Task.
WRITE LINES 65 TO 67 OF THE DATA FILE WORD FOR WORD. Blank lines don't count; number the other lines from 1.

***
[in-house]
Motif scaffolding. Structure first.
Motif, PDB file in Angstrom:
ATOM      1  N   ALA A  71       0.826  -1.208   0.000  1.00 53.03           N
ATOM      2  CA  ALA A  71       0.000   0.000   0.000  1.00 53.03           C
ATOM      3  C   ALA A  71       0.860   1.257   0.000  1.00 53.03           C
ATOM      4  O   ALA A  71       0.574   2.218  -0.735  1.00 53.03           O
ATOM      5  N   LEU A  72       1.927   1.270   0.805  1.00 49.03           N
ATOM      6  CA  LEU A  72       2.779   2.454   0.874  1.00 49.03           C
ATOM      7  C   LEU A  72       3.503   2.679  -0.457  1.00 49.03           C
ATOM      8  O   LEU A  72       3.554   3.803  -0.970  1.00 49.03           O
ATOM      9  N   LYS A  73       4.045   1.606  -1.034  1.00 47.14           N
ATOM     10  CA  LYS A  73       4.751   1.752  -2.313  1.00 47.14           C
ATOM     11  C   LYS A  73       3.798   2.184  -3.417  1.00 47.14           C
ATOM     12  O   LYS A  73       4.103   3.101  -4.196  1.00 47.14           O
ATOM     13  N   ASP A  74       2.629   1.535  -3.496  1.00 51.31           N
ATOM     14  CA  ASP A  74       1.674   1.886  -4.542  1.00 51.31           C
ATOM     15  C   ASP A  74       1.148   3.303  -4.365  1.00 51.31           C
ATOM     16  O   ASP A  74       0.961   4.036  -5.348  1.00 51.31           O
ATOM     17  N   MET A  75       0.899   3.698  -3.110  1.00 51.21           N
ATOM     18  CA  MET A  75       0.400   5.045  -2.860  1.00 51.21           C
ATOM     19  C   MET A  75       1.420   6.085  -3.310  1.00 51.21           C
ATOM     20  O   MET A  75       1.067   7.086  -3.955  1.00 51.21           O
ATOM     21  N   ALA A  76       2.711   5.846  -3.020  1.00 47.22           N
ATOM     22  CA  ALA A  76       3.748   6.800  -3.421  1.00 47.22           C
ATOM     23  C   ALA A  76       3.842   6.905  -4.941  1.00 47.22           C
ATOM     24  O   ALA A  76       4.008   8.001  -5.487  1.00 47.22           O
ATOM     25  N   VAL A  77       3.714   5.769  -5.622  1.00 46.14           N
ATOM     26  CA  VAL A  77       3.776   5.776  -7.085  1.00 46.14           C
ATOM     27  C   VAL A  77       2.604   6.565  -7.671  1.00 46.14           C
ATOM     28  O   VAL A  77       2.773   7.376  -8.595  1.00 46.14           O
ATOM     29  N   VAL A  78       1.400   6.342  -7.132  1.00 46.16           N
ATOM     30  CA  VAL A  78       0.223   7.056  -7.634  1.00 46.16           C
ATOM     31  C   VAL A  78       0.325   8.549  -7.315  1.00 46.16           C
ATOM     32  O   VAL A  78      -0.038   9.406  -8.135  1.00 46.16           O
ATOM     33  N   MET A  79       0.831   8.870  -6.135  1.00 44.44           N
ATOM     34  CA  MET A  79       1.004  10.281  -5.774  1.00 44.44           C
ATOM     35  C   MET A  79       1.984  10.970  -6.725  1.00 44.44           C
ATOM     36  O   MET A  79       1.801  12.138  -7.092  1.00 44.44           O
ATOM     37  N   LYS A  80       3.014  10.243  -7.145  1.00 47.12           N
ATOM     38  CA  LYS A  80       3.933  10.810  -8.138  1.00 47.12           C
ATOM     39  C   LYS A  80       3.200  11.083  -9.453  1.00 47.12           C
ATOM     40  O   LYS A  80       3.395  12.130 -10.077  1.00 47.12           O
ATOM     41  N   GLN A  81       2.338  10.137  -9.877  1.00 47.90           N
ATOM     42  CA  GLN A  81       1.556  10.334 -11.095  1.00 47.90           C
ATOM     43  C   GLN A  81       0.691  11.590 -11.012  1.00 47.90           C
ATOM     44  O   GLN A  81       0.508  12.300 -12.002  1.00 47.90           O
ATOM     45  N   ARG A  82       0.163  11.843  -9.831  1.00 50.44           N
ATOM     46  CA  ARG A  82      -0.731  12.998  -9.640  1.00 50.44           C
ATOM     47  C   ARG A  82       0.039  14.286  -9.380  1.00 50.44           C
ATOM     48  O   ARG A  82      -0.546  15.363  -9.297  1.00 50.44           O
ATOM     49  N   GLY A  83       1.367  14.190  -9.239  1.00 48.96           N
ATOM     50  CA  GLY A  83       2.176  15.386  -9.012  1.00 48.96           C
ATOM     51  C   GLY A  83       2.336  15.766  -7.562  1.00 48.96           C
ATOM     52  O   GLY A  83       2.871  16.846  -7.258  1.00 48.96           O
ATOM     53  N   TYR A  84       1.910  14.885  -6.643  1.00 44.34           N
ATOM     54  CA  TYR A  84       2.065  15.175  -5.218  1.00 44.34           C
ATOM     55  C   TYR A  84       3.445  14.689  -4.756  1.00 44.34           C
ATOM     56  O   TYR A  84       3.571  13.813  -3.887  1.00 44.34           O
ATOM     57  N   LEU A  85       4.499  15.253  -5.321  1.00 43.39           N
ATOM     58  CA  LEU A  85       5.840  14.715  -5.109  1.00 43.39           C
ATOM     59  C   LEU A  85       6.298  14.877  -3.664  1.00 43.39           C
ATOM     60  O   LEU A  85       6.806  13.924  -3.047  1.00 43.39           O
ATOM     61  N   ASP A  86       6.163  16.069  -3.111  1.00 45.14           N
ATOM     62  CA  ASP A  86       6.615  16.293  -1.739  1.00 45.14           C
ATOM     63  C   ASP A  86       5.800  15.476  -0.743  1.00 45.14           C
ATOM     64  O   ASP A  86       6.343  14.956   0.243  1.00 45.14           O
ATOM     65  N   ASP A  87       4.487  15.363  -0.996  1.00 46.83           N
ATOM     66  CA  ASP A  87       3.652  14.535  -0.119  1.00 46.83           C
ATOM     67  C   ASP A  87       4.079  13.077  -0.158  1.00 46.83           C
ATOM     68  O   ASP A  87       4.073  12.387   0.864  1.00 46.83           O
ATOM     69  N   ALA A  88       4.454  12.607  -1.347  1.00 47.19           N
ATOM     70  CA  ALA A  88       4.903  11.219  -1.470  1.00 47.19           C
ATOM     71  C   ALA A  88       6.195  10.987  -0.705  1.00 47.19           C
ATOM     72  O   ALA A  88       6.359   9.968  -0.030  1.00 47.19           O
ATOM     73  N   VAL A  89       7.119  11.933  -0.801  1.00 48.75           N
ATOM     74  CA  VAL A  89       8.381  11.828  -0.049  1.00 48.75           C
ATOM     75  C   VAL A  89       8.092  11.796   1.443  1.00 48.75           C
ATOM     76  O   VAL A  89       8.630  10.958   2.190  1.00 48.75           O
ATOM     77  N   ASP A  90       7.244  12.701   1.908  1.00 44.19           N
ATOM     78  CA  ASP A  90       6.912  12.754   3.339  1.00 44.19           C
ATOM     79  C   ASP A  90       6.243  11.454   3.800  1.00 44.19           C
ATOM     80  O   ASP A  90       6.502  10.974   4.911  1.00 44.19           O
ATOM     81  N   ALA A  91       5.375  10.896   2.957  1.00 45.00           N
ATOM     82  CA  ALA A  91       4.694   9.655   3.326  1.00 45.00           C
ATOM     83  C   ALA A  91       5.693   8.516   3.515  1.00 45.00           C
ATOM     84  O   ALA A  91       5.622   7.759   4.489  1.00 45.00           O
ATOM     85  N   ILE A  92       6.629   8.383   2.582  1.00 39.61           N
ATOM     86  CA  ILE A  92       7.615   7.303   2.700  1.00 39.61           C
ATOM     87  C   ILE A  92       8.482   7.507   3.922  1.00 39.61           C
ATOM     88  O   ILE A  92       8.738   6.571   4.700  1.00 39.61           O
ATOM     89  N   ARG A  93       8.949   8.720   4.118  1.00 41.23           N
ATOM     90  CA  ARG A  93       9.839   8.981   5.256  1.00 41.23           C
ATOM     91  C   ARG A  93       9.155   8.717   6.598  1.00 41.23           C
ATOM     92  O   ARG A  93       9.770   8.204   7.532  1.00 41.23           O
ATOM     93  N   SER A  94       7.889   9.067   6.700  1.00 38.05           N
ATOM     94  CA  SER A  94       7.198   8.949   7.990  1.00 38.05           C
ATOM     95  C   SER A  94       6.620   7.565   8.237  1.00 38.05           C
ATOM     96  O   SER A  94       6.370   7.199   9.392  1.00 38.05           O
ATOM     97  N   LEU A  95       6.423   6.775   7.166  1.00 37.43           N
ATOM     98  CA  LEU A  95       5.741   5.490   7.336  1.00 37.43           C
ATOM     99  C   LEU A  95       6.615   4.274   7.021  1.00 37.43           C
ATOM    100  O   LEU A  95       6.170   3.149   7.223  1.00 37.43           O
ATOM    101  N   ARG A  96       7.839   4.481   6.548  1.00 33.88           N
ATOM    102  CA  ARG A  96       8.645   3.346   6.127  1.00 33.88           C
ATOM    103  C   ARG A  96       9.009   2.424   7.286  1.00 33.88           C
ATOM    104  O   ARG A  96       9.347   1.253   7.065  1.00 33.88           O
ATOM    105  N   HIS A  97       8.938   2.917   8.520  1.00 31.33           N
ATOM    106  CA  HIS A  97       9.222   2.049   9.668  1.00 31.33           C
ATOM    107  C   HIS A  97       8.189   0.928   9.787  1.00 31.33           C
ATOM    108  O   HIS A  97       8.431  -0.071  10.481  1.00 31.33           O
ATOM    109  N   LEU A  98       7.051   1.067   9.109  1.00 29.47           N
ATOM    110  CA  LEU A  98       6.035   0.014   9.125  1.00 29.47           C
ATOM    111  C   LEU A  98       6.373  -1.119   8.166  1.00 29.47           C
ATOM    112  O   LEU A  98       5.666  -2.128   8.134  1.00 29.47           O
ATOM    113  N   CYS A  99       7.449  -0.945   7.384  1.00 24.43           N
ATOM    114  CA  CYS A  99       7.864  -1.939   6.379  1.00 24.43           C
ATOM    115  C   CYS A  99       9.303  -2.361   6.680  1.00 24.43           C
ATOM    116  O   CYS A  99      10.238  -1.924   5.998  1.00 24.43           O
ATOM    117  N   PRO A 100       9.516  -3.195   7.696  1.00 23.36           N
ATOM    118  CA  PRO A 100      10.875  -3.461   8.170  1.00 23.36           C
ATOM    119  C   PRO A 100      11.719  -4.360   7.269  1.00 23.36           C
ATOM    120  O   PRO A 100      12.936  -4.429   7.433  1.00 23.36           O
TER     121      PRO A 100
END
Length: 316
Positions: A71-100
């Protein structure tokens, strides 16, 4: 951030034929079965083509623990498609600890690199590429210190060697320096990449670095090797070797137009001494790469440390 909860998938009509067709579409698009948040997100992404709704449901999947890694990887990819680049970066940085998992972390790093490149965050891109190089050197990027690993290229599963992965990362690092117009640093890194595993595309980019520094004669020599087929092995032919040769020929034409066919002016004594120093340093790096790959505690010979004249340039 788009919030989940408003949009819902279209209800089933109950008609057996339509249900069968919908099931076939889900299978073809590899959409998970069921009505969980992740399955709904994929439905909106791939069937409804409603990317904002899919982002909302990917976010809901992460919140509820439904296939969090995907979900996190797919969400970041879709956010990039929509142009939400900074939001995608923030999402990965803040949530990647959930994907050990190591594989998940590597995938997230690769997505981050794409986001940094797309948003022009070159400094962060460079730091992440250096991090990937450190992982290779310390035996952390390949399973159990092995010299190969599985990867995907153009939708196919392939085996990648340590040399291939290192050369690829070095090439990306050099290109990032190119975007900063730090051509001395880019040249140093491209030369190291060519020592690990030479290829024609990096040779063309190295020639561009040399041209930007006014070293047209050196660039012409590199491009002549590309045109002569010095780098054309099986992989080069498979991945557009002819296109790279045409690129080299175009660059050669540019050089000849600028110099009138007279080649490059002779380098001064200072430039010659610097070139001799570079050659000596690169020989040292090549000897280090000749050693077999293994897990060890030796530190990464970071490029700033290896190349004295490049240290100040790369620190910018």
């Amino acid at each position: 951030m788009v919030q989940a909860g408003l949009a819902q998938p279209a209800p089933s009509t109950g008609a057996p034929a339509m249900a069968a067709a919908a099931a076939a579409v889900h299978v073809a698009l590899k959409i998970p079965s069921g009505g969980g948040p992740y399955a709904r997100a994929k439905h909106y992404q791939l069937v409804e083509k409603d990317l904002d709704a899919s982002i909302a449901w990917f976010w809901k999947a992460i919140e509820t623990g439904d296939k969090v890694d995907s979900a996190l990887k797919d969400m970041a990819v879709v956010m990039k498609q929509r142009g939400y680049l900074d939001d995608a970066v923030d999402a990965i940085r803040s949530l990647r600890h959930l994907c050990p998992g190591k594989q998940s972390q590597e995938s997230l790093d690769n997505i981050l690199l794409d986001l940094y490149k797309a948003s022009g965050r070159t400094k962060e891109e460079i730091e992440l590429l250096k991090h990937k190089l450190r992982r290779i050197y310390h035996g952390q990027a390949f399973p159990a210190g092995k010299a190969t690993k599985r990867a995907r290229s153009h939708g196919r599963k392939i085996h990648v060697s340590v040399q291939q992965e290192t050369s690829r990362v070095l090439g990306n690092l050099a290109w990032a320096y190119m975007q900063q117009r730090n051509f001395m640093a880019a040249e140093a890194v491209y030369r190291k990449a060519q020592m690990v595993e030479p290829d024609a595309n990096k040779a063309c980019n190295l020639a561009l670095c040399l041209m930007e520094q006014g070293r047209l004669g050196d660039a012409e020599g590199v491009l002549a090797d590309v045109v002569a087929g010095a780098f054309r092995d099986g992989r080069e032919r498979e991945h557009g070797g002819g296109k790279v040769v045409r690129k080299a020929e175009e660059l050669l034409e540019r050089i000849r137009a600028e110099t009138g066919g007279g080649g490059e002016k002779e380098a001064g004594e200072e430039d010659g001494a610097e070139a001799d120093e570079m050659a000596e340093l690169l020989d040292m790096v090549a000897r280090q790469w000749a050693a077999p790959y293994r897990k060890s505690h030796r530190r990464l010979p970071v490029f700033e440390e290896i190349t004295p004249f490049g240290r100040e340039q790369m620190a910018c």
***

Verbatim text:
ATOM     62  CA  ASP A  86       6.615  16.293  -1.739  1.00 45.14           C
ATOM     63  C   ASP A  86       5.800  15.476  -0.743  1.00 45.14           C
ATOM     64  O   ASP A  86       6.343  14.956   0.243  1.00 45.14           O